At Cape Juby, Morocco, we can see with Google Maps a rectangle of 3 km long, in which there is hundreds of little squares. What method was used to draw these squares on the sand? More importantly, why are these square drawn?
Earth Science Stack Exchange is a question and answer site for those interested in the geology, meteorology, oceanography, and environmental sciences. It only takes a minute to sign up.Sign up to join this community
They are not perfectly straight. Making them with modern GPS equipment should not be too difficult, you just keep a fixed distance to the previous line. They are only 5-6 meters wide.
Googling for cape juby tarfaya sand beach experiment I found this 16 Jan 2013 entry from the blog An overland adventure mentioning:
"Between the road and the sea is another experiment to save Tarfaya from being swallowed up by the Ergs (=sand dunes), mangrove. These trees have been introduced here from the tropics as one of the few salt loving, sand rooting toughs. They seem quite young from the window of the truck so I am guessing it is too early to tell if the project has been a success."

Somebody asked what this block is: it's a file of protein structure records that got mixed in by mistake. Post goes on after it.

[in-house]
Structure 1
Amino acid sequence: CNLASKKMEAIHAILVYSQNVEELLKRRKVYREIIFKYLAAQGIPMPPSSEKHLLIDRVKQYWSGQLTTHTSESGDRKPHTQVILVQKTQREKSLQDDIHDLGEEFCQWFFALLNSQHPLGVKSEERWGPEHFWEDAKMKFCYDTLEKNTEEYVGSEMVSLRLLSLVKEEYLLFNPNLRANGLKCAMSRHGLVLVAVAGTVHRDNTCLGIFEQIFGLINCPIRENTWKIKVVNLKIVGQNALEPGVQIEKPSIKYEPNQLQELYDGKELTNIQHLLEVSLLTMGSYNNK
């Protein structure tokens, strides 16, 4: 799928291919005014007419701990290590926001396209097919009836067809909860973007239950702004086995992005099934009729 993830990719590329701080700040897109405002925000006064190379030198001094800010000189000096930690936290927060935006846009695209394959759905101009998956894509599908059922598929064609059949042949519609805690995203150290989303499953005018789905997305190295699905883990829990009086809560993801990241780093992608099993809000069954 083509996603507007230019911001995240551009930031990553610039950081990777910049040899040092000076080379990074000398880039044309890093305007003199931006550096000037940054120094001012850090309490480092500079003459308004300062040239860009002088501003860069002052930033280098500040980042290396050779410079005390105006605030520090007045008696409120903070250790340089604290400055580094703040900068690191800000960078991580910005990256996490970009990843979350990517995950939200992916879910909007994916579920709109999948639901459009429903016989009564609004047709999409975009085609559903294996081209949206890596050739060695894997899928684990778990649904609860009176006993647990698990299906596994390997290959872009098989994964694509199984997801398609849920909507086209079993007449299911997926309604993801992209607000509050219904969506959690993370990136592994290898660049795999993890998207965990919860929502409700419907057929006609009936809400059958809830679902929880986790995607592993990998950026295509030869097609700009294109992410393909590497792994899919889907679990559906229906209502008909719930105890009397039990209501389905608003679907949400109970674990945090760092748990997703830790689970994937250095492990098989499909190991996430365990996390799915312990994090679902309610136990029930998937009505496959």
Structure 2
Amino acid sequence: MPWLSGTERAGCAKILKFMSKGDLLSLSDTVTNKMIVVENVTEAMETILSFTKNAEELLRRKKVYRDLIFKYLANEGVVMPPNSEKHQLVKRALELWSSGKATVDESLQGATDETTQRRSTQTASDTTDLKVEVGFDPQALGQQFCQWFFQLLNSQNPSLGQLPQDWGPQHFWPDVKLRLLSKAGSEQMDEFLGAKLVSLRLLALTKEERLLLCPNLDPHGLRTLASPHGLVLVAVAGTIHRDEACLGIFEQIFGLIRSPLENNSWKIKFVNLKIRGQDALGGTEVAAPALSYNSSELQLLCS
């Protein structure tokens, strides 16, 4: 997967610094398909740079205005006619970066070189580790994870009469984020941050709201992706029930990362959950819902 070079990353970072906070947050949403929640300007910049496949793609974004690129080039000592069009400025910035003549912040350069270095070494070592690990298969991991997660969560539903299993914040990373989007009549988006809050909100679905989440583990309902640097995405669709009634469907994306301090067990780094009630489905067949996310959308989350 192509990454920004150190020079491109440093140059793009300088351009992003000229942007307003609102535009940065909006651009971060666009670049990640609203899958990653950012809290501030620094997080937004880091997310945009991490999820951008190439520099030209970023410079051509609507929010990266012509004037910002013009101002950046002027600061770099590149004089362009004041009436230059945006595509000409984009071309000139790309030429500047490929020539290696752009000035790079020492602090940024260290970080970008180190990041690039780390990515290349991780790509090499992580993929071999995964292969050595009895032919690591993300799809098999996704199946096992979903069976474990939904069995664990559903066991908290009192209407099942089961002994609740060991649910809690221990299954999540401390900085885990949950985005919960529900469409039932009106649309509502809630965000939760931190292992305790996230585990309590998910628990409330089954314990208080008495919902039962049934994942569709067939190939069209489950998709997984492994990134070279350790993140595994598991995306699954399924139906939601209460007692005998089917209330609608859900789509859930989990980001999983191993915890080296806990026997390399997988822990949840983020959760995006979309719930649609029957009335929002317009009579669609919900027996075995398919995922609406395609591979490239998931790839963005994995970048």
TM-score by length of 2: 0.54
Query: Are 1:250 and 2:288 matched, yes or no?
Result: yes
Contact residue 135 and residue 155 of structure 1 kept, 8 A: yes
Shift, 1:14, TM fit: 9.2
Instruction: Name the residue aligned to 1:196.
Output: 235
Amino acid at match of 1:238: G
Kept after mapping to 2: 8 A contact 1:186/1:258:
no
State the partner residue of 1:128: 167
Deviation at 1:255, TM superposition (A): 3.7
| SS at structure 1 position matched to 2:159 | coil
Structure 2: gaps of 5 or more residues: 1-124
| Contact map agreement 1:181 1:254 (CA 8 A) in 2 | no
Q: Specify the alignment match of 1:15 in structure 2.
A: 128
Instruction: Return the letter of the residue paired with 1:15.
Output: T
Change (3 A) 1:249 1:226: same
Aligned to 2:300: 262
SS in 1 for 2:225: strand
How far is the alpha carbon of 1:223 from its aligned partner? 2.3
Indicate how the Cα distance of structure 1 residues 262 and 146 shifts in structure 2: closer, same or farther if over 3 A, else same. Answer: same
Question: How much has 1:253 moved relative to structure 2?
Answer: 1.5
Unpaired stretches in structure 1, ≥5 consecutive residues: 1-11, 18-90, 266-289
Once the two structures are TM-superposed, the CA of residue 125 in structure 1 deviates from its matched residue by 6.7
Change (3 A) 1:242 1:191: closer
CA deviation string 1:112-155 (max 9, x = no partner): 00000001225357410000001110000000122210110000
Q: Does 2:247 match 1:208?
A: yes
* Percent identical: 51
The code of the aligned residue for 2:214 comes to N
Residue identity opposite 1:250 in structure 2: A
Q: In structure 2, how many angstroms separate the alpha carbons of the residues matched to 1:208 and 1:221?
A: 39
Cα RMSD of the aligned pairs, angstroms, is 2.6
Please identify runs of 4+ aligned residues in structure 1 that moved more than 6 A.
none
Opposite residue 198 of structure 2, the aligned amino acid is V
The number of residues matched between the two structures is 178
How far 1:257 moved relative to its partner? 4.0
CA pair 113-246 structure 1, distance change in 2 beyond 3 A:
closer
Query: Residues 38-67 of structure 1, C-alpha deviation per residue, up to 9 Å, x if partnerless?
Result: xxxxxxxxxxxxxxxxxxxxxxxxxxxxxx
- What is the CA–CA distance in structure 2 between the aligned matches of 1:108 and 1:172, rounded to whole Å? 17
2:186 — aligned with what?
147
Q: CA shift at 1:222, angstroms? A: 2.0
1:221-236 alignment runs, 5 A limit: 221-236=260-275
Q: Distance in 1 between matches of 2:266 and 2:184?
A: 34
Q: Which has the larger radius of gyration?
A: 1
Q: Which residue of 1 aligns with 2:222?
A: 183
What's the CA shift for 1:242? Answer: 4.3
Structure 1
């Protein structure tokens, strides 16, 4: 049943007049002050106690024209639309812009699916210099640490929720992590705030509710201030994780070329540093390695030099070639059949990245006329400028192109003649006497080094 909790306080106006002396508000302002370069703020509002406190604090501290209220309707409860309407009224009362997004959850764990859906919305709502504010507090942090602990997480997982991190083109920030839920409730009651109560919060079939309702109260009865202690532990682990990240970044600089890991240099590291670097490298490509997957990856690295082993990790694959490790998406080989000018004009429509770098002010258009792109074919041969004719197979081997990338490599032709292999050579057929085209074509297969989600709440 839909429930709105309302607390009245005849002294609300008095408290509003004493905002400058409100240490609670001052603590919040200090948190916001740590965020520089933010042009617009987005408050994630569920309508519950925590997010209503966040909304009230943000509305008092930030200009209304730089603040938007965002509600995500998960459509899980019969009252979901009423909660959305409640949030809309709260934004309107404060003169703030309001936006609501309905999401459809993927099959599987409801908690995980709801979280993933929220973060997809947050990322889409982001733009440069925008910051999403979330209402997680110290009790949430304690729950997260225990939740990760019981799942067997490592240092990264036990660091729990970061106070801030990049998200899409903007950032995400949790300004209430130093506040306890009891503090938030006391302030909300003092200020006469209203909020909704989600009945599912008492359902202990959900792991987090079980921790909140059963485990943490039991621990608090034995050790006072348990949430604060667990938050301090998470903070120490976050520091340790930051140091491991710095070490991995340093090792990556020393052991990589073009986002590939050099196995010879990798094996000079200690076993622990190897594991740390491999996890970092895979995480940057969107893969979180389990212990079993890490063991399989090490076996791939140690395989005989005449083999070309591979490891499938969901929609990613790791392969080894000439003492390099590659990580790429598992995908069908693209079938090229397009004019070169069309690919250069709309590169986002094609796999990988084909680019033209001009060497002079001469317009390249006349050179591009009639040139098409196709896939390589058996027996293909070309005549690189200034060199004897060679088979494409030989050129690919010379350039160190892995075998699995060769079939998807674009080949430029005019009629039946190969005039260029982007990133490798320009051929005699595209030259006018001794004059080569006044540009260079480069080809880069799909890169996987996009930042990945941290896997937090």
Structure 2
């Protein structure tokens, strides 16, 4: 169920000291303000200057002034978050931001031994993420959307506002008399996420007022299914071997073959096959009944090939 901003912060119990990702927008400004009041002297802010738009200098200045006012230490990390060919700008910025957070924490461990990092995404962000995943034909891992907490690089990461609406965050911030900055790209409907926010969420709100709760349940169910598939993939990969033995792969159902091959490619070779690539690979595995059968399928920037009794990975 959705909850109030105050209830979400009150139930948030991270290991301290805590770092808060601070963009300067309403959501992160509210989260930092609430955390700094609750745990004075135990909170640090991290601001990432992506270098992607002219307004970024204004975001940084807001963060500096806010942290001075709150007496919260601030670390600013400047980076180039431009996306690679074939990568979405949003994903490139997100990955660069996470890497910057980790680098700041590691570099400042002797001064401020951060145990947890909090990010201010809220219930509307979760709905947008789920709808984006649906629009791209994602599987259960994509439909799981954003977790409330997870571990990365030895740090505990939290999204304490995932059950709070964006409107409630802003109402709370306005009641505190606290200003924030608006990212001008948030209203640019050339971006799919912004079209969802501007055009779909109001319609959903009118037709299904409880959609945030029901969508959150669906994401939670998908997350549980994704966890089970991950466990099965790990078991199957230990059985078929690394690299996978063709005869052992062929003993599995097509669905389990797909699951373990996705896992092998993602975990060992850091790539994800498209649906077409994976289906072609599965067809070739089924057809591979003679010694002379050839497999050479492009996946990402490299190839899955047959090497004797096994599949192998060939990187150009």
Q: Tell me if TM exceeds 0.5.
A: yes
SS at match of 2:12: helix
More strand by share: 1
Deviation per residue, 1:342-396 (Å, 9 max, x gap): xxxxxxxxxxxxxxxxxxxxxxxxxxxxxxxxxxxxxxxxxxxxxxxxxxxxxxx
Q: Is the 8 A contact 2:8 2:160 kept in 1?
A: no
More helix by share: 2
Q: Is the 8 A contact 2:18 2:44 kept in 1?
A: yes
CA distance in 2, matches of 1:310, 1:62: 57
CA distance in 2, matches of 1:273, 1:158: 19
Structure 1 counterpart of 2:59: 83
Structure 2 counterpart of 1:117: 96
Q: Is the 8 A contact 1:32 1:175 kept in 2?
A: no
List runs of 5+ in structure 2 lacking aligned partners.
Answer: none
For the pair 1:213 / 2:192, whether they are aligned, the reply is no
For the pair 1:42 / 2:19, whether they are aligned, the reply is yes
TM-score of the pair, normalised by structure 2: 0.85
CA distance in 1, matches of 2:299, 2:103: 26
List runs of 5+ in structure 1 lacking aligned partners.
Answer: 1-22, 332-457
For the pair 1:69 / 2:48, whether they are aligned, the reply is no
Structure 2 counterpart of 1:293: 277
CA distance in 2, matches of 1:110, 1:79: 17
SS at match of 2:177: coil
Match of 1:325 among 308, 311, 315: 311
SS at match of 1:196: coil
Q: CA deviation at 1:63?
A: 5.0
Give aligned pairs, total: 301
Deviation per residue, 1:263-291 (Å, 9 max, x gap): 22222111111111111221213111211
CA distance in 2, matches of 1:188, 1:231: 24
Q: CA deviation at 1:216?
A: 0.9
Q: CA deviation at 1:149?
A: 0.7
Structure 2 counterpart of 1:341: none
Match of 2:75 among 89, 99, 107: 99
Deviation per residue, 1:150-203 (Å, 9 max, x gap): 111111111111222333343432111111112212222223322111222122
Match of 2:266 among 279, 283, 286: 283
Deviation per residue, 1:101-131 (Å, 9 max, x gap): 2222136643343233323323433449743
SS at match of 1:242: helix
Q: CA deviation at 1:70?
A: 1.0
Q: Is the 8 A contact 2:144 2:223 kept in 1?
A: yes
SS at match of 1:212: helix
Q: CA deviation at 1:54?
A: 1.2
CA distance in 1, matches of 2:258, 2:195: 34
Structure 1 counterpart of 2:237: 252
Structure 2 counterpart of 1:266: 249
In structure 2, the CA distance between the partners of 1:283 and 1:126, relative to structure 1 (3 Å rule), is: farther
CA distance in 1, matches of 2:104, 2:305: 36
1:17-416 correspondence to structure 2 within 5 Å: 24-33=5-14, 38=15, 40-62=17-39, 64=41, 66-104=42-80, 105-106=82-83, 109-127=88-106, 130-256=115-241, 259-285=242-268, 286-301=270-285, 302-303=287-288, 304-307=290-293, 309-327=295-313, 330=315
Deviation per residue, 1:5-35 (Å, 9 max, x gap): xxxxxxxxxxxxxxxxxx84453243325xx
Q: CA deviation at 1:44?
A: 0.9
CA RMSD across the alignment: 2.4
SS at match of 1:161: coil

Maybe this is what you are seeing. I have contacted the blog writer to ask for confirmation. Update: The author confirmed that this is indeed what you're seeing: "Yes. Shame there is no picture."
Subsequent Googling for tarfaya mangrove turns up more info (often in French, where palétuvier is indeed mangrove), e.g. this Les mangoves du Sahara chapter from the Book Maroc 8 - Sud du Maroc et Sahara Occidental. This Lonely Planet E-Book PDF Marokko Reiseführer which is almost a literal translation, mentions a 900 meter long strip, but the artifact in the picture is approx 3.2 km.
The planting project was named The Manzanar project
It's an effort to help stymie sand dune erosion. It appears this photo was taken early before the grass or straw took root.